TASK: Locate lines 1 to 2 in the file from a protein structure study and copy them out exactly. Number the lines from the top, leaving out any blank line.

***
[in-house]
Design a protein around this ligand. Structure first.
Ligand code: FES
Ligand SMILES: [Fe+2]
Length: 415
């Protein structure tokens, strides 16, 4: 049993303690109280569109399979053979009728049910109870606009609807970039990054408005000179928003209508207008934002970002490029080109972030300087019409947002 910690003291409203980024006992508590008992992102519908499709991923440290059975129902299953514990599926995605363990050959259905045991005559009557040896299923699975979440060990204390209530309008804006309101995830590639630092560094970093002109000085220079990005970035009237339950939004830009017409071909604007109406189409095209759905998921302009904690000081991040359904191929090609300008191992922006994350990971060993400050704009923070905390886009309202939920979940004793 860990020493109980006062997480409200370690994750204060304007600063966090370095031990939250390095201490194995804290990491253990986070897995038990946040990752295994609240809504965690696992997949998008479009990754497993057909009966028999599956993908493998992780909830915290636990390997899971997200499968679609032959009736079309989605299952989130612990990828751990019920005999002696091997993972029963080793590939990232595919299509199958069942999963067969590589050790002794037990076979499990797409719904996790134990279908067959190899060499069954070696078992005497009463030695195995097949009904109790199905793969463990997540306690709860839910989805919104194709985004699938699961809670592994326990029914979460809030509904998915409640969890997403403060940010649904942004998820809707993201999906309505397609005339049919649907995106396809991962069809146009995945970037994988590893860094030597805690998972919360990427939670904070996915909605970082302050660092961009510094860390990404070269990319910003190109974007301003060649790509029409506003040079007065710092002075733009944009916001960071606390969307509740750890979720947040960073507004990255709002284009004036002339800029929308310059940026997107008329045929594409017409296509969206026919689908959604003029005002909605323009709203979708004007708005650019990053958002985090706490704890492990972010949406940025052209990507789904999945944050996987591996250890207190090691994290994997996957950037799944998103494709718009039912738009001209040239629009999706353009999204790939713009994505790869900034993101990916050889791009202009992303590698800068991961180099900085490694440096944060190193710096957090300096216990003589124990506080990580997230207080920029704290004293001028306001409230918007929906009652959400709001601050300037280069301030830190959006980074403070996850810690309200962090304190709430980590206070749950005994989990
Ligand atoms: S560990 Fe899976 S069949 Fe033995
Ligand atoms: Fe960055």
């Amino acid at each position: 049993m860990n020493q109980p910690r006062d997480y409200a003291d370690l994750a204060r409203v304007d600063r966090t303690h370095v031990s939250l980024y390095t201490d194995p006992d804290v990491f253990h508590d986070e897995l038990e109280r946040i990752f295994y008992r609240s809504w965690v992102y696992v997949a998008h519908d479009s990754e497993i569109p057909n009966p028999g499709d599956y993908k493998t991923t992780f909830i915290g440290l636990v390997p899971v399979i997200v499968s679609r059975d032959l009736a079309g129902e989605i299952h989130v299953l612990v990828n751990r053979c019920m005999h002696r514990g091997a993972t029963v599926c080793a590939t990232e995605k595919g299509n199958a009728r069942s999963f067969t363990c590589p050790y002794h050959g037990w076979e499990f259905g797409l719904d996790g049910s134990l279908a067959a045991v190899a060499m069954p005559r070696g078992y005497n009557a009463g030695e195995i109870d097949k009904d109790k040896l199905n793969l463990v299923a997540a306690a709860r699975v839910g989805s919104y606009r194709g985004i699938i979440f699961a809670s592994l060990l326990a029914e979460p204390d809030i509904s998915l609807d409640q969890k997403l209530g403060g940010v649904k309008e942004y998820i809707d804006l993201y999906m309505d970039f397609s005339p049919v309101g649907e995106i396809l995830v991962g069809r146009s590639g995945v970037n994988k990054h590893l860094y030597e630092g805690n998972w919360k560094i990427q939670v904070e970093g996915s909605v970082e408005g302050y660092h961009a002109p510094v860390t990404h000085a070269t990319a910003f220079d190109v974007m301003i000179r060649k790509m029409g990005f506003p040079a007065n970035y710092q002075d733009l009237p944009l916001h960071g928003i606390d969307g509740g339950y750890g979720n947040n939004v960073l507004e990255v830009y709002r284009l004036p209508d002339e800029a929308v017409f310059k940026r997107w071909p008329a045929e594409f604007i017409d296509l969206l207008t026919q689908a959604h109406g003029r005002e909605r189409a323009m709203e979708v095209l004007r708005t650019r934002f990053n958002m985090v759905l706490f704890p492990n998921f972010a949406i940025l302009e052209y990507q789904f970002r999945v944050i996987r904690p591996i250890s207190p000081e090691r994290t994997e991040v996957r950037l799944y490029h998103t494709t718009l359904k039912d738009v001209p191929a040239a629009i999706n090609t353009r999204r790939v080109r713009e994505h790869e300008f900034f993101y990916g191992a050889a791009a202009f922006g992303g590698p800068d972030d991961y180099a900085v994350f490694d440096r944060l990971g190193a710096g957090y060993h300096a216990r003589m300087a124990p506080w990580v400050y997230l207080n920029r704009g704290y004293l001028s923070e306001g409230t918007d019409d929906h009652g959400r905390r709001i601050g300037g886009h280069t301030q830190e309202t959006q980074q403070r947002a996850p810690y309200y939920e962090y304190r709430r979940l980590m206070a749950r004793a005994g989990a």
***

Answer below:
[in-house]
Design a protein around this ligand. Structure first.